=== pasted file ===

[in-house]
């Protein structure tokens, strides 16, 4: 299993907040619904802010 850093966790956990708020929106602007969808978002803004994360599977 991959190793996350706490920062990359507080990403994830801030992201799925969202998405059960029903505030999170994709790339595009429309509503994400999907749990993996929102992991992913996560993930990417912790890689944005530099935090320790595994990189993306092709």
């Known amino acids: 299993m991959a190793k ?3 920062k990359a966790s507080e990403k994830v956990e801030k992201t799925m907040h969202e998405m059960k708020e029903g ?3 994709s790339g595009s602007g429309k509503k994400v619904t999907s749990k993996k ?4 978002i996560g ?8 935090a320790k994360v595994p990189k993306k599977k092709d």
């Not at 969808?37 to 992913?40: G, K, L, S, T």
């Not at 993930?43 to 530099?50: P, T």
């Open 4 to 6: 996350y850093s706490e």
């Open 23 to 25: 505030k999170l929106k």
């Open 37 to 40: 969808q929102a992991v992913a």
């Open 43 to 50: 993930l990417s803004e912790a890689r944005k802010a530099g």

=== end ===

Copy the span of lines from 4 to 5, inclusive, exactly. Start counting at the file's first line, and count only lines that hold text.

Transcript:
């Not at 969808?37 to 992913?40: G, K, L, S, T």
């Not at 993930?43 to 530099?50: P, T």